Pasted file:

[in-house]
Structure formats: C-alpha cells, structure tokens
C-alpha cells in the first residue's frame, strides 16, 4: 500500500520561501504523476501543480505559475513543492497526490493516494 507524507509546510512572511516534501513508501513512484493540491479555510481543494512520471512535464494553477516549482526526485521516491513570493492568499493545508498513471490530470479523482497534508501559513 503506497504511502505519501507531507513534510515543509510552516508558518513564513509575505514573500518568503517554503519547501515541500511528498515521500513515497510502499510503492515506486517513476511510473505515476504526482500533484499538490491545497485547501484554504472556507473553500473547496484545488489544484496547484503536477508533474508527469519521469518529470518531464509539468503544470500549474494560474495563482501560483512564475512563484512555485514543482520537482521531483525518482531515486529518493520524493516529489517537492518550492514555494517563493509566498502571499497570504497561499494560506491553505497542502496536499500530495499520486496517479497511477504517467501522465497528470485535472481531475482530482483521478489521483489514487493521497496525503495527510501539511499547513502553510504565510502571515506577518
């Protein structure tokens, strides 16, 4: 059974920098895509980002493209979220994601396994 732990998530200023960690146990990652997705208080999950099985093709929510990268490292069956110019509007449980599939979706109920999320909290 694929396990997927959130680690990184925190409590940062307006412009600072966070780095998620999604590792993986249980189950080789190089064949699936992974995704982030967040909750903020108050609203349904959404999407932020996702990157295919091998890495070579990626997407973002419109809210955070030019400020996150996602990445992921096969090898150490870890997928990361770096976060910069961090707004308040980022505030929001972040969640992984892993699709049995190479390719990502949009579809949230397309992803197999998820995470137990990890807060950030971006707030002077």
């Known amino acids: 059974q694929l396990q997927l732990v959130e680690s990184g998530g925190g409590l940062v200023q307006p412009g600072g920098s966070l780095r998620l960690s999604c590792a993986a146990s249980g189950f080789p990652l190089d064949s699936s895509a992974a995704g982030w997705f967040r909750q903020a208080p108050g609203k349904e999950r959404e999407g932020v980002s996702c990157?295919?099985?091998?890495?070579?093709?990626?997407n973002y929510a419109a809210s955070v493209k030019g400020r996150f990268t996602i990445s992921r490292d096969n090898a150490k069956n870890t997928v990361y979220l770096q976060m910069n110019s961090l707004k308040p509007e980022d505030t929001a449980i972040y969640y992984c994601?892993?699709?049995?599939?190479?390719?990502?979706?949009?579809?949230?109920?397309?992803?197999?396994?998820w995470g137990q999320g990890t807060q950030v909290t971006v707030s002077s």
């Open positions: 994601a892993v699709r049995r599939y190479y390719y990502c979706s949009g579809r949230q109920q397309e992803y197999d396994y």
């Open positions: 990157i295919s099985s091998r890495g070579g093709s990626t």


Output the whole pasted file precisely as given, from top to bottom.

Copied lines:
[in-house]
Structure formats: C-alpha cells, structure tokens
C-alpha cells in the first residue's frame, strides 16, 4: 500500500520561501504523476501543480505559475513543492497526490493516494 507524507509546510512572511516534501513508501513512484493540491479555510481543494512520471512535464494553477516549482526526485521516491513570493492568499493545508498513471490530470479523482497534508501559513 503506497504511502505519501507531507513534510515543509510552516508558518513564513509575505514573500518568503517554503519547501515541500511528498515521500513515497510502499510503492515506486517513476511510473505515476504526482500533484499538490491545497485547501484554504472556507473553500473547496484545488489544484496547484503536477508533474508527469519521469518529470518531464509539468503544470500549474494560474495563482501560483512564475512563484512555485514543482520537482521531483525518482531515486529518493520524493516529489517537492518550492514555494517563493509566498502571499497570504497561499494560506491553505497542502496536499500530495499520486496517479497511477504517467501522465497528470485535472481531475482530482483521478489521483489514487493521497496525503495527510501539511499547513502553510504565510502571515506577518
């Protein structure tokens, strides 16, 4: 059974920098895509980002493209979220994601396994 732990998530200023960690146990990652997705208080999950099985093709929510990268490292069956110019509007449980599939979706109920999320909290 694929396990997927959130680690990184925190409590940062307006412009600072966070780095998620999604590792993986249980189950080789190089064949699936992974995704982030967040909750903020108050609203349904959404999407932020996702990157295919091998890495070579990626997407973002419109809210955070030019400020996150996602990445992921096969090898150490870890997928990361770096976060910069961090707004308040980022505030929001972040969640992984892993699709049995190479390719990502949009579809949230397309992803197999998820995470137990990890807060950030971006707030002077």
């Known amino acids: 059974q694929l396990q997927l732990v959130e680690s990184g998530g925190g409590l940062v200023q307006p412009g600072g920098s966070l780095r998620l960690s999604c590792a993986a146990s249980g189950f080789p990652l190089d064949s699936s895509a992974a995704g982030w997705f967040r909750q903020a208080p108050g609203k349904e999950r959404e999407g932020v980002s996702c990157?295919?099985?091998?890495?070579?093709?990626?997407n973002y929510a419109a809210s955070v493209k030019g400020r996150f990268t996602i990445s992921r490292d096969n090898a150490k069956n870890t997928v990361y979220l770096q976060m910069n110019s961090l707004k308040p509007e980022d505030t929001a449980i972040y969640y992984c994601?892993?699709?049995?599939?190479?390719?990502?979706?949009?579809?949230?109920?397309?992803?197999?396994?998820w995470g137990q999320g990890t807060q950030v909290t971006v707030s002077s």
């Open positions: 994601a892993v699709r049995r599939y190479y390719y990502c979706s949009g579809r949230q109920q397309e992803y197999d396994y």
């Open positions: 990157i295919s099985s091998r890495g070579g093709s990626t």